The Ultimate Guide to Grooming and Bathing Your Dog
If you have a dog or are thinking of welcoming a pet dog into your life, it’s important that you know about grooming and bathing care. Bathing and grooming your dog will not only keep them clean and healthy but you and your home as well.
From training your dog so they learn to enjoy bath time to grooming different areas of your pet’s body, you’ll find everything you need to know in this handy guide. So let’s get started!
Bathing Your Dog
Why Bathe Your Dog?
Bathing your dog when needed is an important part of general pet care. For dogs with healthy skin and a healthy coat, the most common reason to bathe is to remove an unpleasant odor or because they’ve accumulated dirt on their coat.
The benefits of bathing can include cleaning the skin and coat which helps to remove loose hair, scale, and debris and improve the hair coat’s shine.
For dogs with specific skin conditions, bathing may be part of their medical treatment plan as recommended by their vet.
How Often to Bathe Your Dog
How often to bathe your dog will vary between each individual dog and their particular needs. Essentially, dogs should only be bathed when necessary.
Bathing is generally required when a dog has an unpleasant odor** or they’ve accumulated dirt/mud on their coat.
So if your dog smells normal (remembering that most dogs have a healthy dog smell which is not unpleasant) and they are not dirty, then bathing is probably not necessary at that stage.
If dogs are bathed too frequently this can dry out their skin and hair coat and may cause problems. Only bathing when it is necessary should help to prevent the skin drying out due to excessive bathing as the natural oils on the skin and coat won’t be stripped away too frequently.
Dogs with skin problems may require different bathing schedules as part of their treatment plan and your local vet can provide advice.
Other dogs who go swimming may require less bathing as this activity can function as a bath. Remember, if you do allow your dog to swim occasionally, supervise them at all times and stick to safe and shallow waters where your dog can always touch the ground.
** If you notice an unpleasant odor from your dog, this could be caused by rolling in something that smells unpleasant, however, if you can’t identify an external cause your dog should be checked by a vet to rule out any medical causes of an unpleasant smell such as skin or ear problems.
What Type of Shampoo to Use
Your local veterinary clinic can provide advice about the most suitable products for your pet dog. Choose a shampoo specifically designed for dogs. Dogs have sensitive skin and their skin pH is different from the pH of human skin so human shampoo products should not be used on dogs.
For dogs with healthy skin and coat, choose a mild and gentle hypoallergenic shampoo. For dogs with skin conditions, your local vet can advise what type of shampoo or product to use to help manage or treat specific skin problems.
You can also try applying a mild and gentle hypoallergenic rinse-out conditioner after shampooing to help prevent dryness after shampooing.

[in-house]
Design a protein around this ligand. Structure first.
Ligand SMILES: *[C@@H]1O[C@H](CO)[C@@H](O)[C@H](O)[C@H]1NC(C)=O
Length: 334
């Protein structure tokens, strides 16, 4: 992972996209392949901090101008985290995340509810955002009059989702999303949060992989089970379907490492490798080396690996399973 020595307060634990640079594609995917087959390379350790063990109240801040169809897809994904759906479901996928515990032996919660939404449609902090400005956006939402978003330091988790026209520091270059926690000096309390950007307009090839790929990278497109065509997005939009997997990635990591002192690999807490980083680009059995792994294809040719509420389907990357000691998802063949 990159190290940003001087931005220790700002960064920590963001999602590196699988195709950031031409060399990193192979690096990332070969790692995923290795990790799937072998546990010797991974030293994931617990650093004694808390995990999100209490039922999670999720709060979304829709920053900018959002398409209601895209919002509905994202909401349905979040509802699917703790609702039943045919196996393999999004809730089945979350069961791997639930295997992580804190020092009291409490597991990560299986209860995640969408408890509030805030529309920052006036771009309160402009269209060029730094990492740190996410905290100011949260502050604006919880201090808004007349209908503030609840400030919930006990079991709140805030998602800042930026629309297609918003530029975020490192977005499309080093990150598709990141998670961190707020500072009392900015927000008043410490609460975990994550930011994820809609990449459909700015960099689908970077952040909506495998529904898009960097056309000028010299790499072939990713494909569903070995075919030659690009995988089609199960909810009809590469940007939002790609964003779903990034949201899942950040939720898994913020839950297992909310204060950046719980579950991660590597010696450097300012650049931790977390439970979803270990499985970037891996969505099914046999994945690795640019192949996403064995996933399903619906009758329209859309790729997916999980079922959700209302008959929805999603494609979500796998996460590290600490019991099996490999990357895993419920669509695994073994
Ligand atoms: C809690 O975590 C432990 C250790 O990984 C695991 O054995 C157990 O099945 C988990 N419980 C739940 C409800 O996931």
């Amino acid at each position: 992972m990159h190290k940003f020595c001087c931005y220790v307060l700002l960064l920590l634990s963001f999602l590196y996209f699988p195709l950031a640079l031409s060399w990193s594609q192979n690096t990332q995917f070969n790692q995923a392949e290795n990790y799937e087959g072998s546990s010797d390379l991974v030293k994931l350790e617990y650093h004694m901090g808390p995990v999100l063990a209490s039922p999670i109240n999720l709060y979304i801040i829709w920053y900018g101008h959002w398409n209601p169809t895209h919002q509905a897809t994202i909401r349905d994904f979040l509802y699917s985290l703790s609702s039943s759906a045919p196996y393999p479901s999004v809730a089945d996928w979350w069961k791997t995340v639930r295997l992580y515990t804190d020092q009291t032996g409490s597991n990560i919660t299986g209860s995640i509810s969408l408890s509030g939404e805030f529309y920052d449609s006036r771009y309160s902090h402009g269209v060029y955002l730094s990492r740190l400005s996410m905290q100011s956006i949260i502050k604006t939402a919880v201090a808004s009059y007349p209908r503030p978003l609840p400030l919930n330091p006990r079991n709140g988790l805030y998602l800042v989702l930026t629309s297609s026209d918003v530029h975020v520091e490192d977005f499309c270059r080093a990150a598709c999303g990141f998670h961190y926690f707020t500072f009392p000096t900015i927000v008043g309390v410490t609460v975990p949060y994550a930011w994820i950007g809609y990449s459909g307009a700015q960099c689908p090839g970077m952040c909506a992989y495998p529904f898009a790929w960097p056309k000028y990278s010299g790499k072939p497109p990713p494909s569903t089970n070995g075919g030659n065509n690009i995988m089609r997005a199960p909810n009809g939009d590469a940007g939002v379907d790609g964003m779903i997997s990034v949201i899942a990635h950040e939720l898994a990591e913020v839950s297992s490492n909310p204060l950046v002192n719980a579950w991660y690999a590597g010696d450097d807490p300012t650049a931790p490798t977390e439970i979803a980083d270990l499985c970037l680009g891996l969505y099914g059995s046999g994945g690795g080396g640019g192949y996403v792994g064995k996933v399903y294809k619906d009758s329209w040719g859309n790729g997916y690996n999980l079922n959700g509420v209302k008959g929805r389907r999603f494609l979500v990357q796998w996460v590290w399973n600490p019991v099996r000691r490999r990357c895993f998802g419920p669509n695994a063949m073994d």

Test patch a small number of products first to make sure there is no reaction or irritation. If your dog seems irritated at all – talk to your vet and try a different product that doesn’t cause any irritation.
Where to Bathe Your Dog
Where to bathe your dog tends to vary depending on individual circumstances.
- For some dogs, it can be easiest to bathe them outside in the backyard on the ground. This way, owners can avoid lifting, particularly medium to large-sized dogs. This can also be a good option for dogs who try to jump out of the tub.
- Some owners choose to use a garden hose set on low pressure. Always test the temperature of the hose water as in summer the water can be quite hot at first, so you’ll need to wait until it cools down before using it. If the weather’s cooler it may be necessary to use buckets filled with comfortable, warm water instead as the hose water may be too cold.
- For other dogs, a bathtub or a dog tub may be suitable. Observe your pet, if they seem upset you might like to try outdoor bathing instead.
- If you’re using a tub always directly supervise your dog and be present with them. Let the water run down the drain so the water doesn’t fill up the tub. This is important for safety reasons as dogs can drown.
- Using a hose/shower head attached to the tub is ideal or you may need to use containers/buckets of water and a ladle if you don’t have a hose/shower attachment. Test the water temperature to make sure it’s comfortable and warm ensuring it’s not too hot or cold so your dog is happy. It’s also advisable to use low flow and light water pressure only.
- Apply a non-slip mat to the floor of the tub to prevent any slipping or injury. This will also help your dog to feel more comfortable as dogs like to be on secure surfaces. You can also place a few non-slip mats next to the tub and around the bathroom to make the general area less slippery.
Professional bathing services
- If you need help bathing your dog, contact your local vet clinic, they usually provide bathing services and professional groomers will often work attached to vet clinics.